1. I’ll defend Ken Rhodes here. Discretion is the better part of valor. There’s nothing ‘spineless’ about declining to beat one’s head against a brick wall. If Ken were challenged on his views, and refused to defend them, that might be a sort of spinelessness, but that’s not at all what he said he does. He just said that he declines to get into discussions. Ken has to live with these people – I think he’s entitled to gauge whether there’s any possibility that debate would change their minds. Since debates rarely change anyone’s mind, I trust that he is making a well-informed and sensible judgment call on that score.

        1. Ummm… no. This comment is complete bullshit.

          There are many examples of societies in transition and it is noticeable how often the “status quo” gets preference, until it isn’t.

          1. So, Russell, are you planning to make the march on Rome (The Villages edition) any time soon? Inquiring minds want to know.

          2. Why, no Nick, I intend as history suggests is prudent, to fortify my estate, pay my, ahem, “bills”, and endure.

      2. I have to go with Ken here. We associate with people who are fairly intelligent, reasonably well educated, have interesting and varied backgrounds (some of which are downright fascinating and/or admirable,) and who are generally pleasant and likeable. They have worked hard, paid their dues (and their taxes,) raised families, and taken care of elderly relatives. In short, they are nice people to be around. And they only watch Fox news, they mostly listen to Limbaugh, and some of them love Caribou Barbie. They hate and despise Obama, re-circulate via Email and Facebook and in person all the old crap that’s been disproved many times (and still think that birth certificate is forged.) They believe all Democrats are stupid or evil, ignorant of the “facts,” and possibly Commies. They completely ignore any factual information you might send them to the contrary that refutes their firmly held ideas.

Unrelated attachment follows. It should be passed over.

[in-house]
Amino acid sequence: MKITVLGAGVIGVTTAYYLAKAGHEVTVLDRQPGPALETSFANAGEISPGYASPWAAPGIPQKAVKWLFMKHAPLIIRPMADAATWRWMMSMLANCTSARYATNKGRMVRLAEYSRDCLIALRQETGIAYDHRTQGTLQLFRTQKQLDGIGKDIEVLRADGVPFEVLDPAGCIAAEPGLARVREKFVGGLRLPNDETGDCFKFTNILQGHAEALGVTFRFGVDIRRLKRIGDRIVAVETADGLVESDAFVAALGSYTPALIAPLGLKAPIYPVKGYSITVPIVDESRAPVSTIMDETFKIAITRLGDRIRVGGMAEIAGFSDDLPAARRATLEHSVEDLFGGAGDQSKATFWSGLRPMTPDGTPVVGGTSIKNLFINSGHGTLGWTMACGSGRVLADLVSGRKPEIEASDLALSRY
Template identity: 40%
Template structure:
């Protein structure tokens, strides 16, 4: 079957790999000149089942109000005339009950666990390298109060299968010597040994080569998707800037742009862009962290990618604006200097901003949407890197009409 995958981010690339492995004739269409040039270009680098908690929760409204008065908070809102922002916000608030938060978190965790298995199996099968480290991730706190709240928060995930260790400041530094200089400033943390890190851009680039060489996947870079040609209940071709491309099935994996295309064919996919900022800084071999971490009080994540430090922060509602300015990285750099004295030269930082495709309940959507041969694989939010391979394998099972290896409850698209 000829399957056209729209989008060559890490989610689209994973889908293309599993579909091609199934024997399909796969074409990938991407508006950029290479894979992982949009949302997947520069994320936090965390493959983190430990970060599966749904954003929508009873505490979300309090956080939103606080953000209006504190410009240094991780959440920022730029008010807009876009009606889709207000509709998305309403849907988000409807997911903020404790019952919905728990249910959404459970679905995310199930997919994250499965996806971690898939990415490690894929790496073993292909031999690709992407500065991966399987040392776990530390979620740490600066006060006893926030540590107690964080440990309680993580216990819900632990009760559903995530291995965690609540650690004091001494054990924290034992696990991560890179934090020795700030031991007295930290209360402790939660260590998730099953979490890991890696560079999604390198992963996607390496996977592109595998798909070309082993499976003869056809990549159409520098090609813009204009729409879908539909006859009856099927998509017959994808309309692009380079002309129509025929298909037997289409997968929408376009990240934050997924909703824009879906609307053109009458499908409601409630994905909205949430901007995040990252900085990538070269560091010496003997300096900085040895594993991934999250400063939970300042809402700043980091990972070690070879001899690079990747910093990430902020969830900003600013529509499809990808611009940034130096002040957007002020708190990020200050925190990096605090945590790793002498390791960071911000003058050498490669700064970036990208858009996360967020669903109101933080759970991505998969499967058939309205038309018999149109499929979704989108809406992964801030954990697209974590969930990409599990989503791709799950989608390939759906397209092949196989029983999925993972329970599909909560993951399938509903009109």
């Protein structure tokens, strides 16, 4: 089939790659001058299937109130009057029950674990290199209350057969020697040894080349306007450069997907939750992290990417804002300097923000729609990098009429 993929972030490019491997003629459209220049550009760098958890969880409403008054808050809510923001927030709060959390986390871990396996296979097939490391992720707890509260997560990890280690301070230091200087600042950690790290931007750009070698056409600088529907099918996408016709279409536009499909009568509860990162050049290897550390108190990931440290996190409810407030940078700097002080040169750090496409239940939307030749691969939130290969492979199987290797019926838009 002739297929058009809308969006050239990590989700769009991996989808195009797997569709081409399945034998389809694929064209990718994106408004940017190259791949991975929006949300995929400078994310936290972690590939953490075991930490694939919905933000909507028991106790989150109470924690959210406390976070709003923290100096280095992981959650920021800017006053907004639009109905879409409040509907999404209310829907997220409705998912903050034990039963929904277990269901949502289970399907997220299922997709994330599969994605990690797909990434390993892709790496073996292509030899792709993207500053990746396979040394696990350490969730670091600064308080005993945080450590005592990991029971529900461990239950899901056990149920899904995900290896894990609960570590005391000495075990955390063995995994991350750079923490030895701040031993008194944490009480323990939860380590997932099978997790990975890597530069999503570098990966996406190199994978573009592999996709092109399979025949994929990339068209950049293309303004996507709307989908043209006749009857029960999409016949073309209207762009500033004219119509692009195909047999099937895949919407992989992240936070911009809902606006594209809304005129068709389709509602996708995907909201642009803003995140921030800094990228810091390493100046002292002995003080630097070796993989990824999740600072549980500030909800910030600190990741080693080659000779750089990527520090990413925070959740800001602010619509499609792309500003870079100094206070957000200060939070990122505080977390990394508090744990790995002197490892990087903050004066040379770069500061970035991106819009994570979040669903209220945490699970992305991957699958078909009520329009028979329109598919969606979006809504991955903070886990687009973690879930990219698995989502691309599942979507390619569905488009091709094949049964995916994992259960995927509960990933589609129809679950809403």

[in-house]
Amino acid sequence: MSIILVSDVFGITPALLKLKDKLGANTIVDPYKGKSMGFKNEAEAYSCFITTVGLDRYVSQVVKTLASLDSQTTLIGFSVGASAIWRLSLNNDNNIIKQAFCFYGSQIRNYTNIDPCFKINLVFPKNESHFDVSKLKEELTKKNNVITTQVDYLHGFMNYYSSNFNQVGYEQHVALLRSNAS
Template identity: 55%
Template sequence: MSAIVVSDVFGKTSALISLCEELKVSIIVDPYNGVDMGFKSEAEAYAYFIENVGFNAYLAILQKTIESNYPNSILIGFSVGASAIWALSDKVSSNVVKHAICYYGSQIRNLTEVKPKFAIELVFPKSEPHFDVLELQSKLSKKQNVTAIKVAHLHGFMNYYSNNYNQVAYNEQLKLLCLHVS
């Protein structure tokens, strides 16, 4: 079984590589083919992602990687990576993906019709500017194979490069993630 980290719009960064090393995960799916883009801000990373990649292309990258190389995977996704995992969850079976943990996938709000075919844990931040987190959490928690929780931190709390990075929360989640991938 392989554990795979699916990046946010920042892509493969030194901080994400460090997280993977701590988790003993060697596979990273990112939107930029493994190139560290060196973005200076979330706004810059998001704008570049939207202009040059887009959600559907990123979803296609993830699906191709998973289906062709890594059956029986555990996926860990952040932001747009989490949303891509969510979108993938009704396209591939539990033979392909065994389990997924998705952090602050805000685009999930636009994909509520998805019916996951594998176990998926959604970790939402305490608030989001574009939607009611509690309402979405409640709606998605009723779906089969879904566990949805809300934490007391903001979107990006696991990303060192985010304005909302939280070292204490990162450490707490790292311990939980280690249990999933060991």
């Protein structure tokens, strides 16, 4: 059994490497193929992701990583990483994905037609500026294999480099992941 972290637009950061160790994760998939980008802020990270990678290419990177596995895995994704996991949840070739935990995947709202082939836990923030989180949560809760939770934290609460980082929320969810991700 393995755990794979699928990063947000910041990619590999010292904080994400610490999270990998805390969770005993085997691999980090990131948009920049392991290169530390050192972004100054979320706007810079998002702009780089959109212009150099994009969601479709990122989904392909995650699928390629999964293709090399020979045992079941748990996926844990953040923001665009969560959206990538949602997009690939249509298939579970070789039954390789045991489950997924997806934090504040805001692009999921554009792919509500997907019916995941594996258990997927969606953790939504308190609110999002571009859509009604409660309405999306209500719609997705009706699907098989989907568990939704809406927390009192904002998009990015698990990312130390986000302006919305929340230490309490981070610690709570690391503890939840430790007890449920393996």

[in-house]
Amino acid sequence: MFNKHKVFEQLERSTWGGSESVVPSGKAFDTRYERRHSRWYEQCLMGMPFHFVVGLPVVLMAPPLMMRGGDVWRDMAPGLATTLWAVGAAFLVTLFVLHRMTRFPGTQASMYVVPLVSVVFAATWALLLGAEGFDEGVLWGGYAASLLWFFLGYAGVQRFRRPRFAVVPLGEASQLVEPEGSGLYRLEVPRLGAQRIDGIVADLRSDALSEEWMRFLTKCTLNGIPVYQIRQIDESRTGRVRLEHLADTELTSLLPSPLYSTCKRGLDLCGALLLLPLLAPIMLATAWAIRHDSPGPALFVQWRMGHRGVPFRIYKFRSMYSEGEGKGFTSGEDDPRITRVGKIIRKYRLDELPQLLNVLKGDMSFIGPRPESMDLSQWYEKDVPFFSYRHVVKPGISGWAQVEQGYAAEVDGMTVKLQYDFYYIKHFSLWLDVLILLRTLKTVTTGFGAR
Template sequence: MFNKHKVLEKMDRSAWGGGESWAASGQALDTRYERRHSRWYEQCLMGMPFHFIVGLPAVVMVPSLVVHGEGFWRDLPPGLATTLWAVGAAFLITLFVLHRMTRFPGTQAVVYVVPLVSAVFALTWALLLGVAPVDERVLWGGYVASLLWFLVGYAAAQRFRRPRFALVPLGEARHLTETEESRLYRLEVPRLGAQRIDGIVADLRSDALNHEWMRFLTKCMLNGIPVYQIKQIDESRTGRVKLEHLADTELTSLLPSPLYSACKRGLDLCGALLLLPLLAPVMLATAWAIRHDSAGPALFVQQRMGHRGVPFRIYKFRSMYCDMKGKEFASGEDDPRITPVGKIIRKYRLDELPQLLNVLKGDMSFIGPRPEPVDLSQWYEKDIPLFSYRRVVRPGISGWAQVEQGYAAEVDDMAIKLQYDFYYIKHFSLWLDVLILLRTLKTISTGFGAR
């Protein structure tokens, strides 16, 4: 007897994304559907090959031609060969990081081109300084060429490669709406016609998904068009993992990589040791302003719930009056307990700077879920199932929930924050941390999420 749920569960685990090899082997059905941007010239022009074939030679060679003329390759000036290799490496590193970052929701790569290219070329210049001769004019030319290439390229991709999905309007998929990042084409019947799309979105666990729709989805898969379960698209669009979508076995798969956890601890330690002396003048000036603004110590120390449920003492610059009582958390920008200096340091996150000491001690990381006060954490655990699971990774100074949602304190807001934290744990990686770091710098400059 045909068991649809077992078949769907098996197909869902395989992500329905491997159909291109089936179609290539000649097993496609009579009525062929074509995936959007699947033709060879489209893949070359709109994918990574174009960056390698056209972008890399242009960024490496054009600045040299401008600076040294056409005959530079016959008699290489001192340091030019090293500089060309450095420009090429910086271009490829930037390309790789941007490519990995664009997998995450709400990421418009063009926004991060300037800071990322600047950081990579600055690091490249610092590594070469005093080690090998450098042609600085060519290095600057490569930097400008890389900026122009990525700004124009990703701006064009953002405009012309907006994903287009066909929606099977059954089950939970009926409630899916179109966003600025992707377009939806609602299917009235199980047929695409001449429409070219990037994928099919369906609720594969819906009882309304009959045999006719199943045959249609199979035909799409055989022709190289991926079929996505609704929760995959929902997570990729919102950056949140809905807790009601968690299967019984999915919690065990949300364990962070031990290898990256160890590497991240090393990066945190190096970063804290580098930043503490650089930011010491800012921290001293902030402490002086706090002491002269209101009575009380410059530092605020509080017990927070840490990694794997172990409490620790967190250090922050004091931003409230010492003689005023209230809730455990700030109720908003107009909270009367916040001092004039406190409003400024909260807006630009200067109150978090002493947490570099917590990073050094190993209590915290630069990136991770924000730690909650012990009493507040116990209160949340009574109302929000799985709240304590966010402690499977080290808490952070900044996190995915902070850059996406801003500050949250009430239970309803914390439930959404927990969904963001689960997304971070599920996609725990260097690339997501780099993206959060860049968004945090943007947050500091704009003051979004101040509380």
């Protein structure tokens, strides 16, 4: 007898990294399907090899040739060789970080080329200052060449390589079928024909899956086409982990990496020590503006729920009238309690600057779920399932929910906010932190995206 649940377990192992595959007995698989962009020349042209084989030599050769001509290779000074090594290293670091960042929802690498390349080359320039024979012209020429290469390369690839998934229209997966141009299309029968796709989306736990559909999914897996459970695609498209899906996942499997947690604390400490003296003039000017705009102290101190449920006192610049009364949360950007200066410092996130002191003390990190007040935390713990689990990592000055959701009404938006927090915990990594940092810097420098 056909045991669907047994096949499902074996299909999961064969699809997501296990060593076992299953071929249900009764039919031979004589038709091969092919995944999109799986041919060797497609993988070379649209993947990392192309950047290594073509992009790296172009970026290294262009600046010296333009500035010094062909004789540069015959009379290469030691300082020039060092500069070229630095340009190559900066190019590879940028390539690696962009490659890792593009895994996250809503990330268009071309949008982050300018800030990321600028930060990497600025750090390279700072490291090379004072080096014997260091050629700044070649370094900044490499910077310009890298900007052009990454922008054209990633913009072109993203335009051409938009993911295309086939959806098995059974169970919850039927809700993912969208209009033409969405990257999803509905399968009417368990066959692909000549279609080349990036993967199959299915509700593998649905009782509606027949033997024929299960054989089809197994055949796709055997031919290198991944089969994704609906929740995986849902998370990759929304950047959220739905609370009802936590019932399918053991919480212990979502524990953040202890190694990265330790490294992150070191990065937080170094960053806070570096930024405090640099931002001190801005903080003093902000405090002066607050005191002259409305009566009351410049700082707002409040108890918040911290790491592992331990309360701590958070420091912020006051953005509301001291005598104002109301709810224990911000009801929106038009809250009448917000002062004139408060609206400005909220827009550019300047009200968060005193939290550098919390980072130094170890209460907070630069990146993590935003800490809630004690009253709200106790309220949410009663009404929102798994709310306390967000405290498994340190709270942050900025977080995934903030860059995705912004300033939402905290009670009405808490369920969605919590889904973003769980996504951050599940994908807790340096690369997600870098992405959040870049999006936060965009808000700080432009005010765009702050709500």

There is no way…NONE…that anyone whose position is different from theirs can even carry on a civil and intelligent discussion with them about politics, never mind make a dent in their beliefs. They think and spout simple one-liners. If you find yourself in a community of any sort with them, and wish to have acquaintances to socialize with, you tolerate this garbage and keep your mouth shut. Usually on your tongue. You confine your personal efforts at education to people you know who are at least somewhat open minded, but who dislike anything political and generally know almost nothing about what’s happening and simply blame all politicians equally for anything they don’t like. These are often busy younger people who will at least listen and perhaps think about or research what you say, since you know more than they do and since you (one hopes) haven’t royally antagonized them by hammering them about it. And if you can, you contribute some money and/or time to candidates you support.

        Arguing with the people like the ones Ken mentioned is absolutely futile. You could have a silver tongue and be armed with every fact and figure you can think of, and it won’t do any good. The Fox crowd is completely impervious to facts, arguments, or anything else which doesn’t support their world view. It will only turn pleasant acquaintances, with whom you can share various enjoyable activities, into enemies which will ensure that your whole group will be divided into people who feel they have to take sides, and an entire little community of people who generally get along may fracture. And your blood pressure can only stand so much!

        Pick your battles.